Current Show: The multi-award-winning stage musical version of Roald Dahl's Mailda! presented by the Royal Shakespeare Company
The mid-1990s at the Cambridge Theatre saw the arrival of the stage musical version of Fame, based on the famous movie and subsequent television series, which opened in June 1995. The musical followed a group of students from auditions to their graduation ceremony at the world famous New York High School of Performing Arts in New York City and featured the title song 'Fame' along with a number of new songs. The show was nominated for two Olivier Awards - Best Musical and Best Theatre Choreography - though it lost out in both categories. The show finally closed after a respectable run of 15 months. Interestingly the production would return to various theatres in the West End over the next 12 years, chalking up a combined run of nearly eight years.
In October 1996 the Cambridge Theatre welcomed the transfer from the Dominion Theatre of the musical Grease. Having already been running for just over three years, the production went on for another three years before closing in September 1999 to make way for the new Jerry Lee Lewis bio-musical Great Balls Of Fire. Unfortunately, despite Billy Geraghty's storming performance as Jerry Lee Lewis, the production failed to set the Box Office on fire and the show closed after less than three months, closing in December, the week before Christmas - and it would be another ten months before the next show opened here.
That next show was the eagerly awaited new musical from Andrew Lloyd Webber called The Beautiful Game which featured a book written by the comedian and novelist Ben Elton. Webber had previously approached Elton to do a updated revision of the long-running musical Starlight Express, but Elton had turned this down, wanting instead to work with Webber on a new stage property, which turned out to the The Beautiful Game (also called The Boys in the Photo). The show opened to mixed notices, but still managed a run of just over 11 months.
This left the theatre empty, ready for the return of Fame the Musical from September 2001 for a run of 11 months, making way for the new musical Our House to open in October 2002. Written by Tim Firth using the songs of Madness and based around Camden in North London, the musical's story featured 'Joe' and the two different paths that life and love took him - both played out on stage in parallel to each other, similar to the movie Sliding Doors from a couple of years previous. The show managed a run of ten months during which it was recorded for a DVD release.
The next production was the highly controversial musical Jerry Springer The Opera which, having opened to some excellent rave reviews from the newspapers transferred from the National Theatre in October 2003. Written by Stewart Lee and Richard Thomas and based on the television show The Jerry Springer Show, it was described as an 'opera' due to the fact it was completely 'sung-through'. The show was notable for its extensive use of profanity and its controversial depiction of Judeo-Christian themes. The show hit the headlines when the BBC broadcast it at 10.00pm on BBC2 on Saturday 2005 as part of a 'Jerry Springer Evening' when it received the somewhat the dubious distinction of becoming the most complained about television event ever. In total the BBC received over 62,000 complaints - of which over 52,000 preceded the broadcast with the purpose of endeavouring to persuade the BBC not to transmit the programme. Many people complained about the purported 8,000 swear words the musical was meant to contain, though the BBC reported there were actually around 200 f-words and nine c-words which the BBC acknowledged was a substantial number, they did not necessarily view this as being unacceptable in terms of late night terrestrial television. Prior to the broadcast, the stage production had been reportedly struggling trying to attract an audience and, while the producers had evidently hoped that the broadcast would help boost attendance, it actually had the opposite effect and the show closed six weeks after the television broadcast on 19 February 2005. During June and July 2004, the Pub Landlord Al Murray presented his show Giving it Both Barrels on a series of Sunday evenings.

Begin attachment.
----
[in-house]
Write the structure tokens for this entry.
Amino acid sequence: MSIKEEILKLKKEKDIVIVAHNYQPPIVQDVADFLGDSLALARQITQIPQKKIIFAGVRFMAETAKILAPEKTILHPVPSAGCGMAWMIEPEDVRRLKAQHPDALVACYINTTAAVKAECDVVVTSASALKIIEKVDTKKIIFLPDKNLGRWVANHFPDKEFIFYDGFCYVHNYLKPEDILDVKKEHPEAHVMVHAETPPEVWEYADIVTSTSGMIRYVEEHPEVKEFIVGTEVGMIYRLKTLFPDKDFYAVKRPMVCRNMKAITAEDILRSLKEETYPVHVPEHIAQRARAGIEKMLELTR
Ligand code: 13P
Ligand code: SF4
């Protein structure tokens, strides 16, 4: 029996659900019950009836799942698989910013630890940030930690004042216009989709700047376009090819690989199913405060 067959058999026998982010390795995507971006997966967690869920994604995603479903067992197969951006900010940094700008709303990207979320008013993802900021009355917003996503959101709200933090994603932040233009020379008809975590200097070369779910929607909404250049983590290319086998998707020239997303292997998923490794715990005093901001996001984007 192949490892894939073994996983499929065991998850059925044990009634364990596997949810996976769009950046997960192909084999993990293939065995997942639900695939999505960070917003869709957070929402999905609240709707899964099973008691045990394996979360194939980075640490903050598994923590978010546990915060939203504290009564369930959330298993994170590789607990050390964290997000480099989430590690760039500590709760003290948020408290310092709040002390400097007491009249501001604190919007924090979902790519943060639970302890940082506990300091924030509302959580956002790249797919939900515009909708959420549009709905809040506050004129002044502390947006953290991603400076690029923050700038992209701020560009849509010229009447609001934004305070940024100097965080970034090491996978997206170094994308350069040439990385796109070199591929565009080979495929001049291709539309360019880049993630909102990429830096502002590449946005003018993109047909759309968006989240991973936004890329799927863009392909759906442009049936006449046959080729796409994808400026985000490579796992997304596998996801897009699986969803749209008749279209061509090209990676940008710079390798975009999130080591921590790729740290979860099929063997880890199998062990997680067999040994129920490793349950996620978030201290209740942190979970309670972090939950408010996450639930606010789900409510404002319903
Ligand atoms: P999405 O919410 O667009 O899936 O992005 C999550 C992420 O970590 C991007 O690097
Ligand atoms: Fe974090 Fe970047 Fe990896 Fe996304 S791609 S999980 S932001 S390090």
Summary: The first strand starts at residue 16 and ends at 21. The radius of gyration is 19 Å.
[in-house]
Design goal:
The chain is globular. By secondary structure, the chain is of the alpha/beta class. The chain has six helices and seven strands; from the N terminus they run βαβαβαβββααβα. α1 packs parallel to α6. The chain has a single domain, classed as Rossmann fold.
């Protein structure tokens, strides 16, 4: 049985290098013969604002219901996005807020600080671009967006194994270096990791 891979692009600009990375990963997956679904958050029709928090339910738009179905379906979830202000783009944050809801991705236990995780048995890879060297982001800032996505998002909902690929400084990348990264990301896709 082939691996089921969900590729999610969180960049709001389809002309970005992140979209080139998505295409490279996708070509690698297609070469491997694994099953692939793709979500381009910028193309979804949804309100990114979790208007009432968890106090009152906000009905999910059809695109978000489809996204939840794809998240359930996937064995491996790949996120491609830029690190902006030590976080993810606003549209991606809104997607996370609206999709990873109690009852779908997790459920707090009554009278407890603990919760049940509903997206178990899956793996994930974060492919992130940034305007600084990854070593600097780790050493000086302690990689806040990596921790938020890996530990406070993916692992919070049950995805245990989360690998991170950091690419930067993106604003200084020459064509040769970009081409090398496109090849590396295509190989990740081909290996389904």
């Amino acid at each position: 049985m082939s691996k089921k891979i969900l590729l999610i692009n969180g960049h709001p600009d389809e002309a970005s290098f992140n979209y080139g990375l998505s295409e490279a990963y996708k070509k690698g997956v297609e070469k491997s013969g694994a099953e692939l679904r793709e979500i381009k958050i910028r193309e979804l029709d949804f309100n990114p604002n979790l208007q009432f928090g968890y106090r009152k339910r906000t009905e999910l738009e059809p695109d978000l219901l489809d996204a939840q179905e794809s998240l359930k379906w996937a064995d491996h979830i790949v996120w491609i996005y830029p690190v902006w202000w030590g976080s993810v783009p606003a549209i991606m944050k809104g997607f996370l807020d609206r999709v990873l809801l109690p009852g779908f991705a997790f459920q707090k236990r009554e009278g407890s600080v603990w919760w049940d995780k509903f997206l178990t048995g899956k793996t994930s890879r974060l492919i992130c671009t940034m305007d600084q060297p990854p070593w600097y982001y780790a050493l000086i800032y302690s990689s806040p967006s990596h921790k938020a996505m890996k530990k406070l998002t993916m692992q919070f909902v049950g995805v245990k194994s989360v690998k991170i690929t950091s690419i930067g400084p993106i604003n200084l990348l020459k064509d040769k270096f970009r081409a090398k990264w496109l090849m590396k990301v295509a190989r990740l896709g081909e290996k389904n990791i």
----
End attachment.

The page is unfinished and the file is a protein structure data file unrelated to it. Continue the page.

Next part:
In June 2005 Derren Brown presented his Something Wicked This Way Comes for a one month season as part of his UK tour. This was quickly replaced with Dancing in the Streets which celebrated the music of Motown in a concert style musical. which enjoyed a ten month run before it transferred to the Aldwych Theatre in April 2006. It was replaced at the Cambridge Theatre with a transfer from the Adelphi Theatre of the long running revival of Chicago which run here for just over five years before it transferred again, this time to the Garrick Theatre. In November 2011, transferring from the RSC's Stratford Theatre, was the new musical Matilda which continues to play at the Cambridge Theatre.